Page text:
The health care example illustrates a symptom of what we consider the biggest challenge in a data-warehousing project: bringing together the right people from the user and development communities to create a project team. The right people have the business knowledge to explain how the data is used, the systems knowledge to extract it, and the analytical and design skills to bring it together into a warehouse. The difference between other projects and building a warehouse is that individual projects usually focus on one business area, whereas building a data warehouse focuses on combining the data and subsequent knowledge from many projects. The team must have the depth and breadth to cover all the systems involved.
Establishing a Vision
Now that we've identified the largest risk area, let's look at some steps you can take to minimize the risk. To put together the right project team, first define the project's vision and begin to establish its scope. After you do so, you'll see more clearly which users and IT staff members you need to involve.
The vision's purpose is to define the project's ultimate mission from a business perspective. In theory, all work on the project directly or indirectly supports the objectives outlined in the vision. Defining a clear, tangible mission for the project is crucial. When articulated properly, the vision defines relative priorities for the team—schedule, features, and cost. You use it to resolve requirement and implementation decisions throughout the development lifecycle: Tailor your decisions to support the mission and priorities of the vision; omit or defer others to later iterations. The vision creates a theme for the project that serves the entire project development cycle. At the highest level, you require all project activities to achieve the vision's objectives.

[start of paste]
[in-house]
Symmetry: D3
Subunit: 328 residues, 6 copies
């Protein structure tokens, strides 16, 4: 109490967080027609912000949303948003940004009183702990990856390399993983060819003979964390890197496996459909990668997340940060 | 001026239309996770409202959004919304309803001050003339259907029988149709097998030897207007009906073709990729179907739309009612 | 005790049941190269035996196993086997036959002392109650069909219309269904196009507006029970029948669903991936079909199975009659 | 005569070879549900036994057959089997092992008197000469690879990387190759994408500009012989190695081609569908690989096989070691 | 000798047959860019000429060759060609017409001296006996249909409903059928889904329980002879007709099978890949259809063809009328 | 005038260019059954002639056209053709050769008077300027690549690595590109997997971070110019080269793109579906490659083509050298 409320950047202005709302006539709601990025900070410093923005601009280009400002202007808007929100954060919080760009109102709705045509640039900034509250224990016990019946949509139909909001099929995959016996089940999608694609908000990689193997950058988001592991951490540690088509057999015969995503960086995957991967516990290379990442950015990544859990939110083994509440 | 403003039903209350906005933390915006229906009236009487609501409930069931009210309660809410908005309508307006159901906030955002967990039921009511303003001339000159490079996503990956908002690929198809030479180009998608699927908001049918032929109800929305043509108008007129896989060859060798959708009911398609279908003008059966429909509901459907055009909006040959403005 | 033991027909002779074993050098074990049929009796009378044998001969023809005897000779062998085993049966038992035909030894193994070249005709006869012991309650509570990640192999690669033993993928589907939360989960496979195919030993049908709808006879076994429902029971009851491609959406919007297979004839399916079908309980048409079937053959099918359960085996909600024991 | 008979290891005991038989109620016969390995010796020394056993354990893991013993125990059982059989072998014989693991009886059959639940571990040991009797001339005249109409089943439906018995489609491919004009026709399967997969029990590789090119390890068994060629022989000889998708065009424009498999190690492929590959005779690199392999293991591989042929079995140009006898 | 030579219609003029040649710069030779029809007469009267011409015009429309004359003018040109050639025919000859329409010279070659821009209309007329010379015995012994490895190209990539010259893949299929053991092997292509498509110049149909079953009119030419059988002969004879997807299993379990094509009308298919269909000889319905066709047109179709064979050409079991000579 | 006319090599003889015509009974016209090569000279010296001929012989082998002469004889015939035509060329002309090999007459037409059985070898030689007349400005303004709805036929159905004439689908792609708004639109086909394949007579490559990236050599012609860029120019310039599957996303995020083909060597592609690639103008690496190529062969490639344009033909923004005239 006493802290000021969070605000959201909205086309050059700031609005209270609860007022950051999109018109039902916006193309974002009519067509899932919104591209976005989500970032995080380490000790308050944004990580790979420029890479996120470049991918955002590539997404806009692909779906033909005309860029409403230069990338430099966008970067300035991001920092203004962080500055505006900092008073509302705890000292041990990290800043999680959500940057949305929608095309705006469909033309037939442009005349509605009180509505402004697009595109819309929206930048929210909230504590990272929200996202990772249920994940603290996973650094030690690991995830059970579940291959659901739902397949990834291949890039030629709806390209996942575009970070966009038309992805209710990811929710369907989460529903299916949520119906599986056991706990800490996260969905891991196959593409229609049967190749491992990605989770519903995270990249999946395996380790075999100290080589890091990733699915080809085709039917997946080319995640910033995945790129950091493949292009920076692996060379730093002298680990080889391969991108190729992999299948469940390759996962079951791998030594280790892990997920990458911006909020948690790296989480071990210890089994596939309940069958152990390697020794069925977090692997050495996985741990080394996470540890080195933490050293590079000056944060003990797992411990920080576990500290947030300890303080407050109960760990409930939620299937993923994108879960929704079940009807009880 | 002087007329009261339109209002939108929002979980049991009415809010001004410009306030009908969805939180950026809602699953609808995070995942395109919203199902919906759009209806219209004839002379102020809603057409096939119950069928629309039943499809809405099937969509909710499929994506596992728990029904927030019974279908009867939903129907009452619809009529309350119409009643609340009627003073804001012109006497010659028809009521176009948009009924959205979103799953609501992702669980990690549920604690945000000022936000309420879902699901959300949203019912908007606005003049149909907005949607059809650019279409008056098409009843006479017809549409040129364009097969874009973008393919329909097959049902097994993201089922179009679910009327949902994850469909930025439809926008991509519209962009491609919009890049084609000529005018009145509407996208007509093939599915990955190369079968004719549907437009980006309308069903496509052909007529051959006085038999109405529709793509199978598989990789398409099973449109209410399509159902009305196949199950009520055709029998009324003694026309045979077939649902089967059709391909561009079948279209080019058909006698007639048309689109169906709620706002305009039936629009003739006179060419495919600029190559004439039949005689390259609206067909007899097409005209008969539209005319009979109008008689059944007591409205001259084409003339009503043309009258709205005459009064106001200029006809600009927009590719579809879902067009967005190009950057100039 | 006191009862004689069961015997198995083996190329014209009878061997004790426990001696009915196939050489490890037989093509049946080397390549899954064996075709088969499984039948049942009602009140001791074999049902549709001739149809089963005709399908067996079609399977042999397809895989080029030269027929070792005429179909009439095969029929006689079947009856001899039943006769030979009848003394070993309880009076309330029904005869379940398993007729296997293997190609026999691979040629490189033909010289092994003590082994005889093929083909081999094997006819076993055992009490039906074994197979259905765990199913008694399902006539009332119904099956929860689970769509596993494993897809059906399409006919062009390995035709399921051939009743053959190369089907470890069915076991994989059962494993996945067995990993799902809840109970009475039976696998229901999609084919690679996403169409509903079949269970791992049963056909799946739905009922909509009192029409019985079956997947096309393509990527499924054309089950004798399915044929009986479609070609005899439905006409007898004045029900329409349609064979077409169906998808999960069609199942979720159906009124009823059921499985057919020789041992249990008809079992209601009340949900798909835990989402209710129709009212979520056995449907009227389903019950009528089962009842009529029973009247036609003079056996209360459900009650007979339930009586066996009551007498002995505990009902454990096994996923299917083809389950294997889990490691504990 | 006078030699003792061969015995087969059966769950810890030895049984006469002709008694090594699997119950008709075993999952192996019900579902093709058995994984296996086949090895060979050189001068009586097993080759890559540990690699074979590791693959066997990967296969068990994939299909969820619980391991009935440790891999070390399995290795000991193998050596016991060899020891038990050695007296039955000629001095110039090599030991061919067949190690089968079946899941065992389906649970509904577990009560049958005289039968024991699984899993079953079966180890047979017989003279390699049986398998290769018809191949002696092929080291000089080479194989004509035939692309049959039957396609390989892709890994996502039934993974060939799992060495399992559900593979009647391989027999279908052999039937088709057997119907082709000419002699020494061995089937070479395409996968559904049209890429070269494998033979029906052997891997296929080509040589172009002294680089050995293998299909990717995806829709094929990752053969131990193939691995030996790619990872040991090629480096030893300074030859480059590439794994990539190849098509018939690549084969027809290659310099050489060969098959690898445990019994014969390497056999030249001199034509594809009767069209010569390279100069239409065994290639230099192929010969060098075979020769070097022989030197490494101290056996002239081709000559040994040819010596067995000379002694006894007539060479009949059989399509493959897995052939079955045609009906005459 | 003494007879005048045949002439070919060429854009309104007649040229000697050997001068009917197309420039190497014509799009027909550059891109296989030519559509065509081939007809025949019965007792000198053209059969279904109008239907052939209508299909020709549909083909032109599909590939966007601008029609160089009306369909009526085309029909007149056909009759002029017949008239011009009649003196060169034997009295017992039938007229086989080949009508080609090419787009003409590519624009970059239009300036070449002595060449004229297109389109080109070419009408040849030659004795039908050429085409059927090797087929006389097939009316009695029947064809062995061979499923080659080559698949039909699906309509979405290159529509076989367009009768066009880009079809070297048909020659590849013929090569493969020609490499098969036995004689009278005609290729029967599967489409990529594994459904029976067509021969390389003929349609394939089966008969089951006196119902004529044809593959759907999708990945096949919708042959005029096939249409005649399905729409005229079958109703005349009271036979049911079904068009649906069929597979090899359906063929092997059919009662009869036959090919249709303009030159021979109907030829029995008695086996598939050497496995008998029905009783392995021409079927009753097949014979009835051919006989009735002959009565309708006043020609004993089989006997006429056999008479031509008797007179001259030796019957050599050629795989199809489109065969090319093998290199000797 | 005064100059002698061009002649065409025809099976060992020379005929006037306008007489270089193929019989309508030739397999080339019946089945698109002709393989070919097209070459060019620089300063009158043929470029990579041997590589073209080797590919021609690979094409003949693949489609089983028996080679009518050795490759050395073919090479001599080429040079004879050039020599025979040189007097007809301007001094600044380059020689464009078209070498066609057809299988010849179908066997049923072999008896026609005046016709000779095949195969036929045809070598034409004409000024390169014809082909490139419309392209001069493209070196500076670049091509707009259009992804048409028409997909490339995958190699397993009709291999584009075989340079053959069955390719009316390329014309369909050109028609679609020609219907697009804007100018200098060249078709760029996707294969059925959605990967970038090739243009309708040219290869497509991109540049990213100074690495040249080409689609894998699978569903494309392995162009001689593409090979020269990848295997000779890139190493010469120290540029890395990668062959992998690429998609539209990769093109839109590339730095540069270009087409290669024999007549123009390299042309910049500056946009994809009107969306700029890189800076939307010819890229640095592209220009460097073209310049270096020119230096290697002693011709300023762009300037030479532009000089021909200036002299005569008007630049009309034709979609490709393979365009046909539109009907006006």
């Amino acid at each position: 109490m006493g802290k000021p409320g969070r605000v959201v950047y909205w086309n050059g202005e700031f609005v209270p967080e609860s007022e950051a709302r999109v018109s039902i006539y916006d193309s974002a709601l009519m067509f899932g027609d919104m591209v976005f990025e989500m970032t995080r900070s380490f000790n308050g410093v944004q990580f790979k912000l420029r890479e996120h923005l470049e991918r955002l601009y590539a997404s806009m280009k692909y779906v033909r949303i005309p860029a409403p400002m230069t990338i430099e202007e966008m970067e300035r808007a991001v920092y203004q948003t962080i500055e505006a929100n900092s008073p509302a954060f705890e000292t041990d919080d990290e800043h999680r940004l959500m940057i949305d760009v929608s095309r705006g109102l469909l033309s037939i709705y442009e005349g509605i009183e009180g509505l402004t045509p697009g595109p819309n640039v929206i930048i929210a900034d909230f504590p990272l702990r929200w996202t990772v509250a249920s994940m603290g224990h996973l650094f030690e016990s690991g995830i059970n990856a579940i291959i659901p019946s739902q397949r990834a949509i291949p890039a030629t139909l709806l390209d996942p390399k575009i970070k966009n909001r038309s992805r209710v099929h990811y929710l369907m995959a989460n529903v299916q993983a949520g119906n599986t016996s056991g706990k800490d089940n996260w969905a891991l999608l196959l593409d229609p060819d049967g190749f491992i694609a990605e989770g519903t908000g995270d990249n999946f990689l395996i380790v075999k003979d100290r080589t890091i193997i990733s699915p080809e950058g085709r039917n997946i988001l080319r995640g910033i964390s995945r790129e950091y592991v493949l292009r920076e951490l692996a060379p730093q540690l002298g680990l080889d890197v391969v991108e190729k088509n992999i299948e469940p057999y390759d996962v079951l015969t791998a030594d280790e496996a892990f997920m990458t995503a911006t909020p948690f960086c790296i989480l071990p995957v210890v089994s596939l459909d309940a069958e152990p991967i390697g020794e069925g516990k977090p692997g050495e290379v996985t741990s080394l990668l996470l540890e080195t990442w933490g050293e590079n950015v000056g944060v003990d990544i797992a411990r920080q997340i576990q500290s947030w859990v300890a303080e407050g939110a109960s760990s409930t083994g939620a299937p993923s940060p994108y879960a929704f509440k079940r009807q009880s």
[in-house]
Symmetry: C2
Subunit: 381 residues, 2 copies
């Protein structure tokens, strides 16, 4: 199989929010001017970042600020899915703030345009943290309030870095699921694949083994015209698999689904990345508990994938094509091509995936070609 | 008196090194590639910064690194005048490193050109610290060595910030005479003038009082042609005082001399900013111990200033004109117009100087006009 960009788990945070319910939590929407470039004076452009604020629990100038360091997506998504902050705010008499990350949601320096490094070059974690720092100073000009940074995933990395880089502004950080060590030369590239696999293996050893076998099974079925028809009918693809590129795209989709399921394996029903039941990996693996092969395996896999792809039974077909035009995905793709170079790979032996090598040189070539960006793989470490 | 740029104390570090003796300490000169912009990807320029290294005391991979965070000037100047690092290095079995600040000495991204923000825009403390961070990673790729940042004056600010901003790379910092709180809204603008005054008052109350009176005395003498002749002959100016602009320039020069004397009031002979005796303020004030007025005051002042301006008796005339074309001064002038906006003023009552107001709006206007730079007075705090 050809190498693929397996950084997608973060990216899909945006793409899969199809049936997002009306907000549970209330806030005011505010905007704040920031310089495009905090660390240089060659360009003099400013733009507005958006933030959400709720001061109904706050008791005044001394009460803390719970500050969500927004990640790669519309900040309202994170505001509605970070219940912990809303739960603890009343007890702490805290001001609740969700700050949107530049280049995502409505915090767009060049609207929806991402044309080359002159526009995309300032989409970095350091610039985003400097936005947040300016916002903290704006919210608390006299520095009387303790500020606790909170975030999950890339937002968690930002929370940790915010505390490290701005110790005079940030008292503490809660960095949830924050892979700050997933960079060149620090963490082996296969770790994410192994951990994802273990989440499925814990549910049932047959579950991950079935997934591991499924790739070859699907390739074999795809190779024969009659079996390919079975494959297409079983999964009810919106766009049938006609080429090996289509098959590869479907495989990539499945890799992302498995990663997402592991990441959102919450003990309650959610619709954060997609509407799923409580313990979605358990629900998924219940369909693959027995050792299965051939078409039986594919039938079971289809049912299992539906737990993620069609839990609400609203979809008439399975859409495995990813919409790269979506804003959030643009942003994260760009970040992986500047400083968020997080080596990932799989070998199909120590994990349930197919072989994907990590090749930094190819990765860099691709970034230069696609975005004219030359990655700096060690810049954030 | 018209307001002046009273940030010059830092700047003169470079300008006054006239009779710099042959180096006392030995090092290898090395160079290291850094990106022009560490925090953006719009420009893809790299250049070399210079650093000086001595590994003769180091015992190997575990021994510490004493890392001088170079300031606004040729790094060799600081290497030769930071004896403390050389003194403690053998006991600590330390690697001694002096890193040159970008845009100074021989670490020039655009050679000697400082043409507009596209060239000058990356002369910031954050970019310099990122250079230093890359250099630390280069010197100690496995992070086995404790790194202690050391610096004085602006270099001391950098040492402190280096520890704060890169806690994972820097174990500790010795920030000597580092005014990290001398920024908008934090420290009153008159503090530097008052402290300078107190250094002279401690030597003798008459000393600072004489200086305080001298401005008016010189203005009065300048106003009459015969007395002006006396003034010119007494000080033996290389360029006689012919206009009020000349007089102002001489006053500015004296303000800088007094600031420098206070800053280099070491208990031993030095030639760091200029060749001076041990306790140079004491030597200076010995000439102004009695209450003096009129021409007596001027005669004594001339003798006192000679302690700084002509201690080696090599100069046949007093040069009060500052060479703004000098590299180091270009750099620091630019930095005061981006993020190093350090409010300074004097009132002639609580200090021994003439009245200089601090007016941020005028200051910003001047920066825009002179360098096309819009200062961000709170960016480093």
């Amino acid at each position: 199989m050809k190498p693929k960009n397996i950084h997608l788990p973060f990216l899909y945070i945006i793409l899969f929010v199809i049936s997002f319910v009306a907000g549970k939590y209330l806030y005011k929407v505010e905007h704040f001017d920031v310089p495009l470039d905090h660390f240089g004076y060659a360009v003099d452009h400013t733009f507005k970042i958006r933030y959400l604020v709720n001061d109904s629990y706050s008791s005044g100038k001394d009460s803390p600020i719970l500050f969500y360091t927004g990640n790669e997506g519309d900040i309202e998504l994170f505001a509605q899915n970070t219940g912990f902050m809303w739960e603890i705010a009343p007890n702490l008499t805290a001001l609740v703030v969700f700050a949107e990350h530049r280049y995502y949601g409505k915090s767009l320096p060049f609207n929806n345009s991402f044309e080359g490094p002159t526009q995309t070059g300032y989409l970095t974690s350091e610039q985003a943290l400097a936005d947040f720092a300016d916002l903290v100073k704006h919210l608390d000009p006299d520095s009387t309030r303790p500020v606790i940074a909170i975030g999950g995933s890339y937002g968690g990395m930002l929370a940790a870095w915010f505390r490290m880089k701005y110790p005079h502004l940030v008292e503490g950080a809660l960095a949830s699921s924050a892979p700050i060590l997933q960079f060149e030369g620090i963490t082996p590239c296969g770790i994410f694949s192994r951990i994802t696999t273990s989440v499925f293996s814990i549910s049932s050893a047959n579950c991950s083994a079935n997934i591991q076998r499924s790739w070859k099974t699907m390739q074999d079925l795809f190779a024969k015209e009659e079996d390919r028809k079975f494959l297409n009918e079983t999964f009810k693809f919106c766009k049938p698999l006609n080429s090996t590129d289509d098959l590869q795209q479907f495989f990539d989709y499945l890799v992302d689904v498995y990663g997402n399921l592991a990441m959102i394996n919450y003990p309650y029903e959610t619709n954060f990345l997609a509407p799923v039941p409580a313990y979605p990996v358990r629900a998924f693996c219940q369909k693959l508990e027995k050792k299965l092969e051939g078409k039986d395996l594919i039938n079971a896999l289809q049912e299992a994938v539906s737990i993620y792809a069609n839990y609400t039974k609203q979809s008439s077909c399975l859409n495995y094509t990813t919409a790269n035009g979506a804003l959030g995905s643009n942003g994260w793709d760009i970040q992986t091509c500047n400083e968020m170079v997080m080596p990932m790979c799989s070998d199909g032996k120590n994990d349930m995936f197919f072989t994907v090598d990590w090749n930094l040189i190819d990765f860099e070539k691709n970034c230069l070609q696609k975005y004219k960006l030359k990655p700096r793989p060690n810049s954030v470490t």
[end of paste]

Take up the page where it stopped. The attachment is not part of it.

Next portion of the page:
For example, let's look at a growing health care organization in which each facility maintains a separate information system. The vision for its warehousing project might be to provide the ability to review, analyze, and track historical data across all facilities in an appropriate and meaningful context. This vision describes an objective that implementing a data warehouse can accomplish.
After you've established the project's vision, you can set its scope. Next to fielding the wrong team, the inability to define the right scope puts a project at most risk for failure. Scope refers to the potential size of the undertaking—what will be delivered successfully in a meaningful time frame. Often a warehousing project tries to deliver too much, which can result in the project falling dramatically behind schedule or even being canceled. The other extreme, building stovepipes, happens when an organization decides to use many small databases to focus on discrete business areas. Although these combined databases might look like a data warehouse, they're really data-access enhancements (or reporting enhancements) to the operational systems. This implementation isn't a true data warehouse because stovepipes are independent units with no cohesive data model tying them together. In the context of data warehousing, stovepipes achieve no enterprise-level business objectives.